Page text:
November 11, 2009

Maybe It's Me: Bean Suppers, or, I'm a Mutt Not a Pure-Bred

I'm a mutt not a pure-bred.

You'll find a little German, a little Polish, a little Native American, a little Swiss (although the validity of this has been up for family debate for a good decade now), a little Irish, and a whole lot of French in my blood. Thankfully, I didn't receive my great-great aunts Polish uni-brow, but instead inherited my great-great grandmothers Irish freckles and penchant for whiskey. Which everyone seems to find awfully charming, so this is okay by me.

In behavior, I tend to be a little more Swiss and French. Swiss in my mentality of neutrality and chocolate; French in my mentality of gluttony and family.

I'm aware that these are horrible generalizations, but before anyone gets up in arms about this, remember that we're innately poking fun at my ancestry here. And maybe it's me, but we all need to learn to laugh at ourselves a little more, and that absolutely includes being able to find amusement in our genealogy.

An important tradition in the French-Canadian community here in Maine is the practice of Bean Suppers. I'm not sure how this began, although research explained that the pilgrims might have started it, by making an over abundance of beans on Saturday so they wouldn't have to cook on the Sabbath.

In my area of the world, it seems that this became a weekly ritual for the French-Canadians (those heavily-accented ancestors of mine) who traveled down from Quebec in the late 1800's. Saturday afternoon was a time of family and beans. I assume they started doing it because it was a good way to get the entire family (and I do mean the entire family) together after a long hard week of work for socializing and . . . you guessed it . .. gluttony.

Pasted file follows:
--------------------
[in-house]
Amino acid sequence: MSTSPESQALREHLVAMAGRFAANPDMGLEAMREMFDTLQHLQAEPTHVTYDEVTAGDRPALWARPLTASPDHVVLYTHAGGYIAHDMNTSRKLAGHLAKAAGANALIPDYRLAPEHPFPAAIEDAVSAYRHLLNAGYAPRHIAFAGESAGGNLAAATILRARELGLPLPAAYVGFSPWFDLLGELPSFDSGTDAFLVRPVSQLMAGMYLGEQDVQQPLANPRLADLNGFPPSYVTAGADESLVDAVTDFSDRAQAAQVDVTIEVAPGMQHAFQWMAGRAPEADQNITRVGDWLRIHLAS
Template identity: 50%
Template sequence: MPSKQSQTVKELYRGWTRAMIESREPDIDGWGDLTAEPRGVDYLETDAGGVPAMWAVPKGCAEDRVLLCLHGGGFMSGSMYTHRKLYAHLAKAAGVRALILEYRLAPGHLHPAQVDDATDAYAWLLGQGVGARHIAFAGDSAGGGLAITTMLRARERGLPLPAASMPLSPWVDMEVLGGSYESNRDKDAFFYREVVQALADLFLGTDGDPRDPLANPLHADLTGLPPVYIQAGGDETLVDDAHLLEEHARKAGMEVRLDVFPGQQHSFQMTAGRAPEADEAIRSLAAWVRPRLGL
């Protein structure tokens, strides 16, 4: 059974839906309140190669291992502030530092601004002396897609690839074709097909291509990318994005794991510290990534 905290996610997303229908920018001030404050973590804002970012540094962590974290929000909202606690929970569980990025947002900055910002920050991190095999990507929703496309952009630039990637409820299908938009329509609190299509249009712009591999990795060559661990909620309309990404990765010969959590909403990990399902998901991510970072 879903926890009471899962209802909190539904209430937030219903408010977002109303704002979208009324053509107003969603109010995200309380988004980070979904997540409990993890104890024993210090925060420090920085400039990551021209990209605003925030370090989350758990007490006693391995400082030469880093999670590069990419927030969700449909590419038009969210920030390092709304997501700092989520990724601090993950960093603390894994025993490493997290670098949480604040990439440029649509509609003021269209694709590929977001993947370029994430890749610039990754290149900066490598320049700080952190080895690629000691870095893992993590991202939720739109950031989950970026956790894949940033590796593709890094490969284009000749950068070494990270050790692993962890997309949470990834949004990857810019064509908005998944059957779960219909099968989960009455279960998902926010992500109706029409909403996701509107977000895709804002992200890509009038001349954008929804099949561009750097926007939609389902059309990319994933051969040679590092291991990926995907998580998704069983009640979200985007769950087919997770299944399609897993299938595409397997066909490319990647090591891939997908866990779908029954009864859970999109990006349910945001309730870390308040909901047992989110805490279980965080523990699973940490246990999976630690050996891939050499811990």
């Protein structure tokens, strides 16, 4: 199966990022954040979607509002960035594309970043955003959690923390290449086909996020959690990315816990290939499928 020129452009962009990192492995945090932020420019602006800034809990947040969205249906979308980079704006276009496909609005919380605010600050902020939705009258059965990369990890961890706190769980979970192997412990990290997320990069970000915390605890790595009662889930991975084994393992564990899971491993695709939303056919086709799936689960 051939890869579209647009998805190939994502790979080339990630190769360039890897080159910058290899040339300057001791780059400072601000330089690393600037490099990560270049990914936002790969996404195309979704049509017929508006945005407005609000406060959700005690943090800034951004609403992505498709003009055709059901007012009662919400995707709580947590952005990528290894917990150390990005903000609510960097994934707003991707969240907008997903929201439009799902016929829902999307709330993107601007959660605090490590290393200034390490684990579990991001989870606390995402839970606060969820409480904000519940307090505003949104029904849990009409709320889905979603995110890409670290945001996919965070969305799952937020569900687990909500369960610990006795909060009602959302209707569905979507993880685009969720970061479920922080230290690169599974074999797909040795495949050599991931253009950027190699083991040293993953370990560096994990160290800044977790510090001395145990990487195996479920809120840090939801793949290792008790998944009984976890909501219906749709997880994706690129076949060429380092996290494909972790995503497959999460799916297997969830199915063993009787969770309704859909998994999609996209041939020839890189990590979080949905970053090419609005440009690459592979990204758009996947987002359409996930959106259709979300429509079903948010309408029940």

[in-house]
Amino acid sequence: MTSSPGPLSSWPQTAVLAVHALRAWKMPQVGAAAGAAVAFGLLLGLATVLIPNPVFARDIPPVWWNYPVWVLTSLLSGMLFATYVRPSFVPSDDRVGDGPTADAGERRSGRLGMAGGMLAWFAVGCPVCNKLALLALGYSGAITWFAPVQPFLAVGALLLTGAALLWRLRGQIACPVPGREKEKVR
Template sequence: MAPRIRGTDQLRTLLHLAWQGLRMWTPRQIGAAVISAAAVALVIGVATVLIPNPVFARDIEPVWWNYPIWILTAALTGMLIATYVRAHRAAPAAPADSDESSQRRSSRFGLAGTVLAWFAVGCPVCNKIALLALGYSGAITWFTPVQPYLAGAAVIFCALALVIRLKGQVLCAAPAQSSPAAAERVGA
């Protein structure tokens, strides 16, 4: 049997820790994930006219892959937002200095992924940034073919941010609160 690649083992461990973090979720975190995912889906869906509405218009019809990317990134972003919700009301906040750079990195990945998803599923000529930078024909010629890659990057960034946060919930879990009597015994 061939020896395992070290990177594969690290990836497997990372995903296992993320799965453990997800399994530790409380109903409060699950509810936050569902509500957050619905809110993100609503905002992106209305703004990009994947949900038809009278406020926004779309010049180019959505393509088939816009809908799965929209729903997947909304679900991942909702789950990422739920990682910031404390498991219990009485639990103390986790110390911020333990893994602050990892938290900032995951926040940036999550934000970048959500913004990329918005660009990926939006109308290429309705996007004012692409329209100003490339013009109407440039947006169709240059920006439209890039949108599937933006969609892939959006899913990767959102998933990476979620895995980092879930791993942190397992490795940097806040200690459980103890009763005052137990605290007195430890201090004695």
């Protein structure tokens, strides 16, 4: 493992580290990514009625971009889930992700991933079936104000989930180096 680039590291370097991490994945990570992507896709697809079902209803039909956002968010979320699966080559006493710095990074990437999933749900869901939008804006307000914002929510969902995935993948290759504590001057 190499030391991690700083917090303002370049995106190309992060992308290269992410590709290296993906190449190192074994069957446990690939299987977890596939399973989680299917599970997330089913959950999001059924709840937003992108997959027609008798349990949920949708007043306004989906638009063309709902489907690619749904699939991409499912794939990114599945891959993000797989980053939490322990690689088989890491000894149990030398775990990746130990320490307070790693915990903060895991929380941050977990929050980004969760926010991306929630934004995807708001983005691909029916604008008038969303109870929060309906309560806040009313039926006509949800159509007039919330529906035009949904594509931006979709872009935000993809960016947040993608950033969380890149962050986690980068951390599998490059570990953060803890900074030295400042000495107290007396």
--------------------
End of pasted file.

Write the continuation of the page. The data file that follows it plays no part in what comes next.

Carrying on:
Three of my four grandparents were part of the Canada to Maine transition, and were very French (as in, English was their second language, and even then it was mostly broken). And my fourth grandparent was a sassy little mutt (the German, Polish, Irish, and Native American) from Los Angeles and the Bronx. She was very "American" (as in, she married a French fella and had to learn his language and culture real fast to be able to fit in).

While my own parents (who spoke fluent English and French - my mom still can, my dad has mostly lost his French) never really observed any of our ancestors traditions (I think the only tradition we really had was sticking a porcelain pickle in our Christmas tree - it's a German thing, don't ask), the one ritual they would never break was the Bean Supper held always on Saturday afternoons.

There is a bakery in my hometown which caters to this long-standing tradition, and every Saturday they have their own "Bean Special" (which, literally, is only available on Saturday's from 6am to 1pm) where you can get baked pea beans, coleslaw, biscuits or brown bread - with or without raisins, hot dogs or ham, and pie or Danish for dessert. For as long as I can remember my family, either within our nucleus (mom, dad, sister, me) or with my grandparents (and other various family members), would come together for a noontime Bean Special dinner.

Over the years churches began hosting Baked Bean Suppers on Friday or Saturday nights as fundraisers, where for a very nominal fee one could go and enjoy the sweet feeling of community while being fed this warm, comfortable traditional French-Canadian fare. I believe that they started doing this for the elderly populace who needed a social outing and a place to gather to remember and laugh, commiserate and feel needed.

Having recently celebrated my Quarter Century Birthday I made a promise to myself to change a few things about the way I live. Some of them were silly (drink more water!) and some of them were very poignant (hug Dad more often). One of the things I decided I needed in my life was more Bean Suppers (to help me stay in touch with my heritage) and more face-time with my grandmothers (who far outlived their husbands - such independent-souls those women were).

I called the grandmother that I saw the least - Meme: my sassy "American" mutt grandmother - and asked her if she might want to go to a Bean Supper with me. Her old parish was hosting one, and I thought it might be nice for her to get out of the house and see some familiar faces.